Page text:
Here are some images from last night’s Channel 4 debate.
The Cabinet Office minister Kit Malthouse will chair a meeting of the government’s Cobra civil contingencies committee to discuss the impending heatwave, a government spokesman has confirmed.
It will be the second Cobra meeting Malthouse has led on the issue, with temperatures expected to reach as high as 40C in some parts of the UK early next week.
- Good morning, I’m Tom Ambrose and I’ll be with you throughout the rest of the day to bring you the latest updates from Westminster and beyond. Follow me on Twitter @tomambrose89.
Penny Mordaunt – the current bookmakers’ favourite – struggled to either impress or land any significant blows on her opponents in last night’s debate.
However, in an interview with the Telegraph, she has been keen to defend her record.
She told the paper:
Look at what I’ve done. The first job that I had in government, I managed to bring the firefighters’ dispute, pensions dispute and strikes to an end. Other ministers didn’t.
I managed to get real international leadership for this country and make a tangible difference to people’s lives on the issue of disability, as well as changing perceptions of our government, in that respect.
In the 85 days I was at the MoD, I brought in some things which have had a radical change in terms of our command structure and the fact that men and women of our armed forces are never, ever going to be paid less than the living wage again.
I do get stuff done. Paymaster general, I rewrote our nation’s resilience strategy, brought the first ever One HMG defensive cyber strategy together, gripped issues that have been kicking around Whitehall for yonks, such as getting a compensation scheme for those poor souls affected by the infected blood scandal. You know, I could go on.
That’s it from me for now, my colleague Tom Ambrose is taking over.
Meanwhile, away from leadership debate, the former education recovery commissioner, Sir Kevan Collins, has accused the government of burying its head in the sand over the loss of learning among children in England due to Covid, warning the problem will not just “go away”.
He expressed regret about lost opportunities after the government rejected his ambitious £15bn plan for recovery, including an extended school day for all, and warned that the flagship national tutoring programme (NTP) was in danger of becoming little more than “a few kids in the corner doing a bit of tutoring”.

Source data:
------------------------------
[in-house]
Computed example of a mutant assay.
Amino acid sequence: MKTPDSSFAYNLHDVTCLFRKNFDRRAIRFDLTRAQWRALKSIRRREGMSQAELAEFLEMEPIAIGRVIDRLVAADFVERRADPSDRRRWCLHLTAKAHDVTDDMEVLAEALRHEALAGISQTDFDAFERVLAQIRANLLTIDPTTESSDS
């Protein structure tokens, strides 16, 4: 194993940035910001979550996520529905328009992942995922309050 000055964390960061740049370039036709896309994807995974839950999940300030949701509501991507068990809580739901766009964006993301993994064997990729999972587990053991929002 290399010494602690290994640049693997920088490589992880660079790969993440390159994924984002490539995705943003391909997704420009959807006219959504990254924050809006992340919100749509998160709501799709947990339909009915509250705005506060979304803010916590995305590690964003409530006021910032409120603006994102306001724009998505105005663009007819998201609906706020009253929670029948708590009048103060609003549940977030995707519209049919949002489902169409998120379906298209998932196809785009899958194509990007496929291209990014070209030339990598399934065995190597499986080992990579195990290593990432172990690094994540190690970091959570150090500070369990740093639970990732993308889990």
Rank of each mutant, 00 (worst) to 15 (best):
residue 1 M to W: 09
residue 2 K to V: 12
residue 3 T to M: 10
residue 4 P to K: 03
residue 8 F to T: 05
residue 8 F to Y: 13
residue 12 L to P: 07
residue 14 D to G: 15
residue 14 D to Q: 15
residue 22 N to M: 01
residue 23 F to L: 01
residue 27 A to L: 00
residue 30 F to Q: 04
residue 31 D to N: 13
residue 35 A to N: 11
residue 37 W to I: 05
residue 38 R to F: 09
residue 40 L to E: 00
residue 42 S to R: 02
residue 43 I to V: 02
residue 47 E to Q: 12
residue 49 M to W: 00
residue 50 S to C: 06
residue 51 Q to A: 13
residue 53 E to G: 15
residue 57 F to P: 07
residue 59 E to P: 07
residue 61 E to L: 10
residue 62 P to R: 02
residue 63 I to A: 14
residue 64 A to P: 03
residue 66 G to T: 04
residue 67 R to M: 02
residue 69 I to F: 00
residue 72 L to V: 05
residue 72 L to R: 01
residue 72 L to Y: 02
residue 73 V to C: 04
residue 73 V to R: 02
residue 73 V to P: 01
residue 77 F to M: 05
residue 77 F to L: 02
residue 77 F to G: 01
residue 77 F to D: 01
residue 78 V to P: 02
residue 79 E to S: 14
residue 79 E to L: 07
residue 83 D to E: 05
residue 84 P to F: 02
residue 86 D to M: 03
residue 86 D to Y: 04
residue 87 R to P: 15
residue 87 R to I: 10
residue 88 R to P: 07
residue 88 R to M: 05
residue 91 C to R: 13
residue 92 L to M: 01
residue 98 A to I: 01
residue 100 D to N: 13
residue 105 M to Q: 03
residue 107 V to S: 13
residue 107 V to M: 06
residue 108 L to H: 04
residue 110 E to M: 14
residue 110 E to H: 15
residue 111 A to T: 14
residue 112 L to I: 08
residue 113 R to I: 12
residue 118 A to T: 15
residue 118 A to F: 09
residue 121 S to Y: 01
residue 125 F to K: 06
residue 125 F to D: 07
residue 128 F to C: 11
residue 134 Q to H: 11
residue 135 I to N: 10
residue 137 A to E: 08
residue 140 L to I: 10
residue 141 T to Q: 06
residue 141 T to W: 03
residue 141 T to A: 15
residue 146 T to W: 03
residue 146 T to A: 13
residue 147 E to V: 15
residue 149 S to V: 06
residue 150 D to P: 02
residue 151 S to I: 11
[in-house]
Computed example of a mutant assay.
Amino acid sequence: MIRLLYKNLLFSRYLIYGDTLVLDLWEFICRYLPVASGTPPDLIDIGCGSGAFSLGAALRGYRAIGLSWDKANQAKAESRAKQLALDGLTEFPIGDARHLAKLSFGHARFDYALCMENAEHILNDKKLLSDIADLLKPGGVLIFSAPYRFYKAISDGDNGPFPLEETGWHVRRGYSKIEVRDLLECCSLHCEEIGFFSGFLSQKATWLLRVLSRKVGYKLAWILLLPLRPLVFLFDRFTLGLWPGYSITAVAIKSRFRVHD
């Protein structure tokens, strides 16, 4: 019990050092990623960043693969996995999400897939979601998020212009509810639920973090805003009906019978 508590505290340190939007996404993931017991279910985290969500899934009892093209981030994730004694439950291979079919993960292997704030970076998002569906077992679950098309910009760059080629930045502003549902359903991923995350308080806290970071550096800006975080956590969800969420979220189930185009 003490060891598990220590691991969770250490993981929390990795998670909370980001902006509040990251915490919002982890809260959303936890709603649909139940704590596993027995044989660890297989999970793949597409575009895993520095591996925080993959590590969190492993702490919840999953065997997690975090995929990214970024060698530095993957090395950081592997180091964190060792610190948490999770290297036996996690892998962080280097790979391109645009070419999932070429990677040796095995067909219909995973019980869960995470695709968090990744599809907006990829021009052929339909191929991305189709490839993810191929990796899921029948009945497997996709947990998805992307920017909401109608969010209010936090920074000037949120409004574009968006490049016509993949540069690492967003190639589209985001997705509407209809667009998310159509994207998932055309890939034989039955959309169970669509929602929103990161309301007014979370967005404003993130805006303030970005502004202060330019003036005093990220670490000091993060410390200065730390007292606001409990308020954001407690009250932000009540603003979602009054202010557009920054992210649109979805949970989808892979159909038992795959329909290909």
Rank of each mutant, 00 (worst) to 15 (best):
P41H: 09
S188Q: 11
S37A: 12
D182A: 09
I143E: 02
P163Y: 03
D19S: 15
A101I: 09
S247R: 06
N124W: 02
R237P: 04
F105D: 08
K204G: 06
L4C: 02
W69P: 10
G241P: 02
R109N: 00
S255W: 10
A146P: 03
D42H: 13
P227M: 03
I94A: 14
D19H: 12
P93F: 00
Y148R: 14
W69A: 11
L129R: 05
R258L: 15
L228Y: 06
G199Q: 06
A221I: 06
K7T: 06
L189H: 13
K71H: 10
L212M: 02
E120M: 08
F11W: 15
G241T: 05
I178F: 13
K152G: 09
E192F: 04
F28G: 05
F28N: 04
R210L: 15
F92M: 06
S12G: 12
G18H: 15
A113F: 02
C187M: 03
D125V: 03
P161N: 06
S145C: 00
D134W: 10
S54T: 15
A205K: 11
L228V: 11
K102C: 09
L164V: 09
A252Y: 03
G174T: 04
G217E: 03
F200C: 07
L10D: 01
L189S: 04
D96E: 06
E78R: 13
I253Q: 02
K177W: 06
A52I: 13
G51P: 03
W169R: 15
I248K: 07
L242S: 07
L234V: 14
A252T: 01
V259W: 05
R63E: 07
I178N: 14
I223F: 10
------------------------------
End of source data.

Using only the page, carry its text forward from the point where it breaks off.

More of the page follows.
Speaking a year after Covid restrictions were finally lifted on what the government called “freedom day”, Collins voiced concern about a tax-cutting arms race in the Conservative leadership contest, which he warned would result in cuts to education spending.
Collins resigned from his job as education catch-up tsar in June last year in protest at the prime minister’s decision to scale back recovery plans, warning the new offer did not come close to meeting the needs of children whose education was thrown into chaos by the pandemic. The government has so far pledged around £5bn in catch-up funding for schools and colleges.
In an interview with the Guardian, Collins said he remained convinced the country was underinvesting in education overall, and warned that the evidence emerging in recent months about the impact of lost learning suggested that the NTP, set up with great fanfare to help left-behind children catch up, was not delivering.
Some polling from Opinium on last night’s debate:
Key takeaways from the leadership debate
The five candidates still standing for the leadership of the Conservative party were in action in a TV debate broadcast on Channel 4 on Friday night. Here are the five key takeaways:
Tom Tugendhat was the only one able to answer freely
Given the opportunity to answer “yes” or “no” to the question “is Boris Johnson honest?”, Tom Tugendhat was the only person able to do it. He got warm applause for simply saying: “No.”
Kemi Badenoch came closest, saying “Sometimes”. Rishi Sunak, Penny Mordaunt and Liz Truss all refused to be drawn into the one word answer, and prevaricated.